Brothers Ed, Fred and Eric Mills co-founded Global Harvest Foods, which started with late-night mixing and bagging in a basement and grew to be one of the biggest birdseed manufacturers in the country.
Like most kids with parents in the military, the Mills brothers spent most of their childhood moving around from place to place, each with a new school, new landscape and new faces.
Bird-watching provided a rare constant for the brothers, Fred, Eric and Ed. They picked up the hobby from their mother, and it provided an easy activity that could be done anywhere they moved around the U.S.
“Mom is good at identifying what bird was which,” Eric said. “Since then we’ve always had a plan to go and enjoy nature.”
Global Harvest Foods
Quantity: Ships more than 500 million pounds of bird food a year.
Source: Majority of the ingredients are grown in the U.S. on family-owned farms. Nearly 3,000 acres of sunflower are grown for the company in Washington alone.
Contents: The company’s feeds use nearly 100 different ingredients.
Facilities: Six plants, one in Mead (near Spokane). Others in Colorado, Pennsylvania, South Dakota (two) and Indiana.
Source: Global Harvest Foods
Their love for birds has turned into a business. For 35 years, the brothers have owned Global Harvest Foods, headquartered in Seattle. The company has grown to become one of the largest birdseed manufacturers in the country, and employs more than 250 at six manufacturing plants from Washington to Pennsylvania.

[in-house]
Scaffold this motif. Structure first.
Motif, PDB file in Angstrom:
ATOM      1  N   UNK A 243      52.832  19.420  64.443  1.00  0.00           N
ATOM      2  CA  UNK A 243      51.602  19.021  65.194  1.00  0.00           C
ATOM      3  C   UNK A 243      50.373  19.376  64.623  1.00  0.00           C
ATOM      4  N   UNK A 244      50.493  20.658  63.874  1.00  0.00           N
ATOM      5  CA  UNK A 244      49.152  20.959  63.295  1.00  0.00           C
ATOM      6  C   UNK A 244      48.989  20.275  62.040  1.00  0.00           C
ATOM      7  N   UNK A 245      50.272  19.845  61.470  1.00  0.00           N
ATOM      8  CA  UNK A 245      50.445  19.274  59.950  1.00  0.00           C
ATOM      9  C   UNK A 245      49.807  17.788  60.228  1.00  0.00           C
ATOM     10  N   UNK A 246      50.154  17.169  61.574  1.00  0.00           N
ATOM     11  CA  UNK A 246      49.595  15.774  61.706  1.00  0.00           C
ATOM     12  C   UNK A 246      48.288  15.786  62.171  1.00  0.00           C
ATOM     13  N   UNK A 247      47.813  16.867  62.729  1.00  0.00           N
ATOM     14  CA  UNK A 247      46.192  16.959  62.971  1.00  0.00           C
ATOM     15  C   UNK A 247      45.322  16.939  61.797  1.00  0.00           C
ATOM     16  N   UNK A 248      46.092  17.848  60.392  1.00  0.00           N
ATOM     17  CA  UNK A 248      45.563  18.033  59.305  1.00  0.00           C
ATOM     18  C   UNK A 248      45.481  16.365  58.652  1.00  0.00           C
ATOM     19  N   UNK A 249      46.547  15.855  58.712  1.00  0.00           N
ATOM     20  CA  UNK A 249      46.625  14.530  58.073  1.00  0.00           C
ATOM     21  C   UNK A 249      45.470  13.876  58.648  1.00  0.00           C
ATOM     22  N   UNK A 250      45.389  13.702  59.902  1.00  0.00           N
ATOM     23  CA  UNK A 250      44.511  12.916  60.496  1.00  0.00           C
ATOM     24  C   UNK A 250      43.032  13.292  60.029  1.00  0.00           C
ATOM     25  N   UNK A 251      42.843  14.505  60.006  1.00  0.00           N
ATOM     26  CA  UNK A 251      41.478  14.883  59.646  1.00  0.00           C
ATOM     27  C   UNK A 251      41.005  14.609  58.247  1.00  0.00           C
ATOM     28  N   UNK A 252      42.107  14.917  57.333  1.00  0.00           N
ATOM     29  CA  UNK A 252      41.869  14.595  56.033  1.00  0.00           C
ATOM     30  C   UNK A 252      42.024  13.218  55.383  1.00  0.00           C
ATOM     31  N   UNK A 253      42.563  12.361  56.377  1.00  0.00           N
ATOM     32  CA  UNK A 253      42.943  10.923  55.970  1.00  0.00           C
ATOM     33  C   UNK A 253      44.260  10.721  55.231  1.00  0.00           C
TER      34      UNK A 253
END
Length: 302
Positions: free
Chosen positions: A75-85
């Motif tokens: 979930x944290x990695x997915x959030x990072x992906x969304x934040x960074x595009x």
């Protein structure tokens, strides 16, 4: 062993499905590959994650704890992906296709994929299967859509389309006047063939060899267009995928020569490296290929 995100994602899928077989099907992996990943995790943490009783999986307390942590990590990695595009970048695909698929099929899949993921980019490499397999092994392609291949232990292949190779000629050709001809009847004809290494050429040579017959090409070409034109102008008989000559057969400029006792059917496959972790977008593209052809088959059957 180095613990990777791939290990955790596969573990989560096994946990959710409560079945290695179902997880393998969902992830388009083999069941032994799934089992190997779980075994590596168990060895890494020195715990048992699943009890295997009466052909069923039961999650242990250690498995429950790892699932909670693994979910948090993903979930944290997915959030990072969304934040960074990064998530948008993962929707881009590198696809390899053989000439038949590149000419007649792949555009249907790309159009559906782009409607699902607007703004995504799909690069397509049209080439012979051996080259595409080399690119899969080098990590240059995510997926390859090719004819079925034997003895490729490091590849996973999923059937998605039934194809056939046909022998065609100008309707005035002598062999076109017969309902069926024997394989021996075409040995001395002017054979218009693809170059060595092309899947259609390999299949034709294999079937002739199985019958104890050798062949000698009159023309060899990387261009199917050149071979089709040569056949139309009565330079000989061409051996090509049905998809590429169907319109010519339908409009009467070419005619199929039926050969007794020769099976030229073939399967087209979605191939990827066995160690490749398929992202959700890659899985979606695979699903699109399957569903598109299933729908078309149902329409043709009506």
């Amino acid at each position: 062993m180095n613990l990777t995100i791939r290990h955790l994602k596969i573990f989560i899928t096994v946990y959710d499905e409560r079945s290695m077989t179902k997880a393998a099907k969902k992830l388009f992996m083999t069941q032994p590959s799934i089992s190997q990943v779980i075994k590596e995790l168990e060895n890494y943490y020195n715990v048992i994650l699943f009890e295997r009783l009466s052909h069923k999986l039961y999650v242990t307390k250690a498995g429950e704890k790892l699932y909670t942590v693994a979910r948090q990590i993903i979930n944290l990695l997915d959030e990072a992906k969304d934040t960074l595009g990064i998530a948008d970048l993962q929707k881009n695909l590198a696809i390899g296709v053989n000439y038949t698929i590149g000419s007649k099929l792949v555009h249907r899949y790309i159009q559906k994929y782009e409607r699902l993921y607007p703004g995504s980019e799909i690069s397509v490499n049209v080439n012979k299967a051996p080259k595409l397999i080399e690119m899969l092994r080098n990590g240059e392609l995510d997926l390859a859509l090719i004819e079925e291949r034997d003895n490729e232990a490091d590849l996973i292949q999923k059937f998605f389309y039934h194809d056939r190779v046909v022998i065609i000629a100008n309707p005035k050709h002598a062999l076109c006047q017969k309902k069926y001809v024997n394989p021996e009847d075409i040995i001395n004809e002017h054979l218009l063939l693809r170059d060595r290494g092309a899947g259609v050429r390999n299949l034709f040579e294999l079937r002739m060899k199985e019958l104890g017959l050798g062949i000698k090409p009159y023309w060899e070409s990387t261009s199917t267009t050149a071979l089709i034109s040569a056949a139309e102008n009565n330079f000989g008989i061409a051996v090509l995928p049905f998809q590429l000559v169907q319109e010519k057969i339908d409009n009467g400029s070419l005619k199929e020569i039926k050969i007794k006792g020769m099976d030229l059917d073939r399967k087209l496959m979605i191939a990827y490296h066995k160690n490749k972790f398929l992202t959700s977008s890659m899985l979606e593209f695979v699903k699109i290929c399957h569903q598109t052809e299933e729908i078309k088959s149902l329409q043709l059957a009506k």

Global Harvest manufactures over 600 different types of products, found on shelves nationwide under the names Global Harvest Foods, Audubon Park, Songbird Selections, Morning Song, Wild Bird Centers of America and Audubon Friends. Besides its own brands, the company is also the largest private-label manufacturer for dozens of others.
Despite their love for birds, their journey to become one of the biggest bird-feed manufacturers was not their original plan.
The brothers, now ages 57 to 61, began their careers in commodities trading, starting with Fred, the oldest. Their trades included sunflower seeds and milo seed, which were sent to China and mixed into birdseed — this sparked the idea of mixing bird feed domestically themselves.
That involved a lot of experimentation and trial and error. In their basement, the brothers mixed together different seeds to try to find the right mix — not an easy task when all birds…